Abdul's Stepping into Welsh grounds

Having spent a week in Wales I felt that I needed to tell you all about my amazing and at times extraordinary first week in Wales.
I was given the opportunity through Step Change (programme with the National Theatre in England) to come out to Wales and shadow my mentor John McGrath. John came to London in mid June and I had a meeting with him and we decided that coming to Wales would be a good idea and a great comparison to my first placement in the historically rich and rooted building of Theatre Royal Stratford East. However he did not mention to me how his diary normally shaped up.

I arrived in Cardiff at midnight on Sunday, after a four hour train journey. Tired and not really sure what to expect and having got lost a few times, I turned up at the office on Monday morning as instructed. I was then told that we were going to meet Charles Way for a very unusual meeting in Abergaveny. Myself and John rushed off to the train station and it was on the train that John broke the news to me that Charles Way planning to take us for a hike up Sugar Loaf Hill- a bloody hike, that's all I wanted. He then gave told me a quick low down of his diary and I was amazed at how much of Wales I was actually going to see.
So we arrived in Aberystwth and Charles was waiting and we got in the car and I hoped that the talk of a hike was just a joke but unfortunately it wasn't and we were heading to the bottom of Sugar Loaf. When we got there I looked up and around and completely fell in love with the my surroundings and at that point decided that this hike may not be such a bad idea. So an hour and a couple of pit stops later I stood at the top of Sugar Loaf and looked down and around some of the south Wales valleys and realised that this trip may not be so bad after all, if the views were as pretty as the one from on top of the hill.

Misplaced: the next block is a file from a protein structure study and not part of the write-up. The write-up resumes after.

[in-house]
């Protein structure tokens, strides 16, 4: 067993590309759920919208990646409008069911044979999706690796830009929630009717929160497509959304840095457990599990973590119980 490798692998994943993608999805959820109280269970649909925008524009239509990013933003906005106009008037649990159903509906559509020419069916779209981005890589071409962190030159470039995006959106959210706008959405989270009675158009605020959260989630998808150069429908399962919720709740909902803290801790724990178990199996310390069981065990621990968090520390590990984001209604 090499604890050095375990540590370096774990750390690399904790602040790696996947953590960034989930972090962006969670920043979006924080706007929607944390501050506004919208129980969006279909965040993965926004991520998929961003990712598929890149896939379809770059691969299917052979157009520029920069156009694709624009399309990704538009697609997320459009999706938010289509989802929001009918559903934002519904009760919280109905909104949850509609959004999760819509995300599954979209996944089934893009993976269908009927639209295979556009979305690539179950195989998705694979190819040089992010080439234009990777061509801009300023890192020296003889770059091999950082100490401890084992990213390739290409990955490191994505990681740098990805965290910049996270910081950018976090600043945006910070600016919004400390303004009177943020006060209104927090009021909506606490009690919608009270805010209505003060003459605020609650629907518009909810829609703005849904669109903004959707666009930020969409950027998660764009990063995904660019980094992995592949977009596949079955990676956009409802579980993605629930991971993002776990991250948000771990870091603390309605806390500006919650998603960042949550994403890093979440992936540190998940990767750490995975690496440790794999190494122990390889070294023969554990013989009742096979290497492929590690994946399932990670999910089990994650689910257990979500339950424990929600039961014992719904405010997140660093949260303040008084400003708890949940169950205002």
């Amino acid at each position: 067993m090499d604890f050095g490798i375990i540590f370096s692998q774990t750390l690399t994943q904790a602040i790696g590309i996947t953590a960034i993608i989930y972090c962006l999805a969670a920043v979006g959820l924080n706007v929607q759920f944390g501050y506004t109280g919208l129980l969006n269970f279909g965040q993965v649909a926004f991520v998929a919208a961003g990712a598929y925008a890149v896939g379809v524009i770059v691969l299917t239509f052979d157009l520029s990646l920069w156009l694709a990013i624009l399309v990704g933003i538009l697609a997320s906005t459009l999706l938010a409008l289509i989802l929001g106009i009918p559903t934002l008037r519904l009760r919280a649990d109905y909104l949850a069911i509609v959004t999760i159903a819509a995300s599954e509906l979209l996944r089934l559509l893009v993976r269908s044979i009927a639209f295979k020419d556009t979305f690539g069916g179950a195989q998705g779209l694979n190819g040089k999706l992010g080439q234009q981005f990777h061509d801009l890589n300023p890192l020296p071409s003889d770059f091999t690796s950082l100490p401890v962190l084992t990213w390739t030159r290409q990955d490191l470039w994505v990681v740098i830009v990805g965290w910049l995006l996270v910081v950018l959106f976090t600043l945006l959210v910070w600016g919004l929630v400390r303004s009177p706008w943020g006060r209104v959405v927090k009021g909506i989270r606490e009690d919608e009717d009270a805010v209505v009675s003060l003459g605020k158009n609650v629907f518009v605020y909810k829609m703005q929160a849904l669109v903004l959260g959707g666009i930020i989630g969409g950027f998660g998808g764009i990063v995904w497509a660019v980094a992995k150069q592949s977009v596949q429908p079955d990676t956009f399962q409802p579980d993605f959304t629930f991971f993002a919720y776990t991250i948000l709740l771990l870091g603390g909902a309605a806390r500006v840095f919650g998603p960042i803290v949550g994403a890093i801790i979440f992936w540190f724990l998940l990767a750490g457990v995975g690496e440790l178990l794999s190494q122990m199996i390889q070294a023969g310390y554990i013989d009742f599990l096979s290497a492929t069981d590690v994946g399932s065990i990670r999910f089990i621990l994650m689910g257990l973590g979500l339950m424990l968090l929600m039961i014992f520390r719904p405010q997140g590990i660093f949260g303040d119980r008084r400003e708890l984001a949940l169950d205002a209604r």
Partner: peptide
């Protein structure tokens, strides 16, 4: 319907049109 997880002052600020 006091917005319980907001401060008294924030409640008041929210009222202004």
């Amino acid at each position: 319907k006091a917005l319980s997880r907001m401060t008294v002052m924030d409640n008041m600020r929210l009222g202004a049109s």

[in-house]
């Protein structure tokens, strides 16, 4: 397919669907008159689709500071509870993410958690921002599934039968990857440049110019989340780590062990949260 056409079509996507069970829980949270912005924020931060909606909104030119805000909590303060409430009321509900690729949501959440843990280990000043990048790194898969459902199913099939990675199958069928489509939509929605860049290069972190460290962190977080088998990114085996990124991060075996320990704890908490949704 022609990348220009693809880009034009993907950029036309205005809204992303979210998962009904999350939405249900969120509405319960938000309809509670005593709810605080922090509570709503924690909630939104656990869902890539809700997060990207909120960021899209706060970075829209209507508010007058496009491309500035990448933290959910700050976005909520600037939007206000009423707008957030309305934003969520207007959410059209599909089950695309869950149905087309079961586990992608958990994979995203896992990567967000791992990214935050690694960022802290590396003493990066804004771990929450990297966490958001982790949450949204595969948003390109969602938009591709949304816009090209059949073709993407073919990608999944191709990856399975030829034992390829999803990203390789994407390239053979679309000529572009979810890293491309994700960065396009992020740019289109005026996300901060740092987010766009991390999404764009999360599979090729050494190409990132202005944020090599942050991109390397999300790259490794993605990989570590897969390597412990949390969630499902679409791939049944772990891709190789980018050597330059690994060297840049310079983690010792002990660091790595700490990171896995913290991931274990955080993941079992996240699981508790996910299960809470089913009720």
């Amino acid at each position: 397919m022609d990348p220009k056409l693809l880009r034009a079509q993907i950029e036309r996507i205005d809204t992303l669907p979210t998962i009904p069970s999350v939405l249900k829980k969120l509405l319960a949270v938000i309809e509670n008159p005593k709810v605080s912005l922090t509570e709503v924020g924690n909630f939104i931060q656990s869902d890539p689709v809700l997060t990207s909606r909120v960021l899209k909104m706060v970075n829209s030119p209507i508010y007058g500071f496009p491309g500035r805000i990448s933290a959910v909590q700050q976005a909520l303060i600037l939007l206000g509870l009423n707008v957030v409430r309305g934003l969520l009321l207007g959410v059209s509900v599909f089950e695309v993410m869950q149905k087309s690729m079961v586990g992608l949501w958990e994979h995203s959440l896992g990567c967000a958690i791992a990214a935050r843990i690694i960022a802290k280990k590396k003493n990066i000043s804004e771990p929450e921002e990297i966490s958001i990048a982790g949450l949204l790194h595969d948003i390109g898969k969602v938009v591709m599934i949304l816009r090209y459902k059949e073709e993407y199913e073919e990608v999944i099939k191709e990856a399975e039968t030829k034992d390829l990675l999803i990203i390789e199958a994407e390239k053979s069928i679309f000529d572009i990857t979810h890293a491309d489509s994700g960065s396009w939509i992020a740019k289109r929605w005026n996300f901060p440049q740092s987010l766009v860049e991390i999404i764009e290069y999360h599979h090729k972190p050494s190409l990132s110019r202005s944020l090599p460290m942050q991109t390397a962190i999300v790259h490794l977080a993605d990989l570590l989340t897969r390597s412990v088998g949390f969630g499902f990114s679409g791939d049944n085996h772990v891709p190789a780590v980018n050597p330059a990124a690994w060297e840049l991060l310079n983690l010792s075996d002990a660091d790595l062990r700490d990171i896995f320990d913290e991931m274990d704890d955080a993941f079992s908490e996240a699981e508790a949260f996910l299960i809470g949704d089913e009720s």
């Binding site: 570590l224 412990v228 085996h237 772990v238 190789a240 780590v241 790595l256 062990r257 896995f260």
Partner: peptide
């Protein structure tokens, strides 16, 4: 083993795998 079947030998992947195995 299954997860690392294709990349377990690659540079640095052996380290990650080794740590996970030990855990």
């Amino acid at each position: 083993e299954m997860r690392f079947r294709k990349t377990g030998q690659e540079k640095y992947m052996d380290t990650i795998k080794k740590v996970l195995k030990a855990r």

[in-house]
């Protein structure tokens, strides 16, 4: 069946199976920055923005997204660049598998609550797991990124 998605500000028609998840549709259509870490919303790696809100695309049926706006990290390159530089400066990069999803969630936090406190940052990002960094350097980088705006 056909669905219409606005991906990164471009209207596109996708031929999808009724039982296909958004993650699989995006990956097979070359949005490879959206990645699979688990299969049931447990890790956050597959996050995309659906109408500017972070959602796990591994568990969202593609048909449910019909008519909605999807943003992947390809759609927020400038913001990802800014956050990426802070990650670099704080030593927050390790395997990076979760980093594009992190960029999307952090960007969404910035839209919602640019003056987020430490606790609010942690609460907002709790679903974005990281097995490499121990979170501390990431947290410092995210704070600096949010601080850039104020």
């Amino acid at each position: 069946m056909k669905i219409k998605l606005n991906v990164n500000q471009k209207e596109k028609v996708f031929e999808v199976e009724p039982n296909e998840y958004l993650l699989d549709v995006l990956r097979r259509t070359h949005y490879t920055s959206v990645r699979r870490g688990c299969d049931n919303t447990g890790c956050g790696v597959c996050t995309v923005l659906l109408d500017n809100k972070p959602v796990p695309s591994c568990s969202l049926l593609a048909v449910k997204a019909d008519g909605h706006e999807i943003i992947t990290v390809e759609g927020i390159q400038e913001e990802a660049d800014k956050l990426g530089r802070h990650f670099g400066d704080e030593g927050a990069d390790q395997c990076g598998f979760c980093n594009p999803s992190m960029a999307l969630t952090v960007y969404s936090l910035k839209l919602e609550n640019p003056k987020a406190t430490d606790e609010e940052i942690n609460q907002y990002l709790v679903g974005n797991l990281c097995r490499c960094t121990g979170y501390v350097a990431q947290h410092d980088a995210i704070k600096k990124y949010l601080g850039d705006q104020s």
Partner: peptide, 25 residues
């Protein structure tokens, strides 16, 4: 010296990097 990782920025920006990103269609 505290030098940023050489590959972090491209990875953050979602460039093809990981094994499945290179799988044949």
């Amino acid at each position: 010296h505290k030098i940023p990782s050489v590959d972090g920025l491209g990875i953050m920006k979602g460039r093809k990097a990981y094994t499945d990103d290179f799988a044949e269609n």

The following day was a more office based day where I got a real understanding of the how an organisation of the magnitude of the National Theatre of Wales is going to be a national theatre in a country where there are so many dispersed and difficult to reach communities. How do you approach this issue and reach out to the communities and deliver the work that they want to and are used to seeing but also challenge and give them new work that they can appreciate. From my observations I think the approach so far has been a great start, there is a real emphasis to seek out the artists across the nation through this social network and utilising the age of virtual communication that we exist in. There is also a real want from the team to really go out into the communities and meet artists and communities in their surroundings as much as inviting them to come to the Castle Arcade offices. There is also a real commitment to enable dialogues to be created within the creative circles of Wales and diversify what, where and how theatre is viewed.
In the evening, I had the privilage of visiting Bedwas Working Mens Institute, this was for a Arts Council night out project. Local young people are given the opportunity to promote a show which will visit them in late July. The young people were really nice and seemed to be warming slowly to the idea. They really got going at the point where they had to think practically about where and how they sell tickets. We also got a great tour of the building, which for me was amazing and seemed steeped in history and integrity. Although it was not in the greatest shape physically I was certainly inspired by it. I was later informed that these buildings and there are many in the mining valleys of Wales, were built through donations from the low paid miners, they were built with much pride and this is clearly the case when you hear local older generations talking of the centre.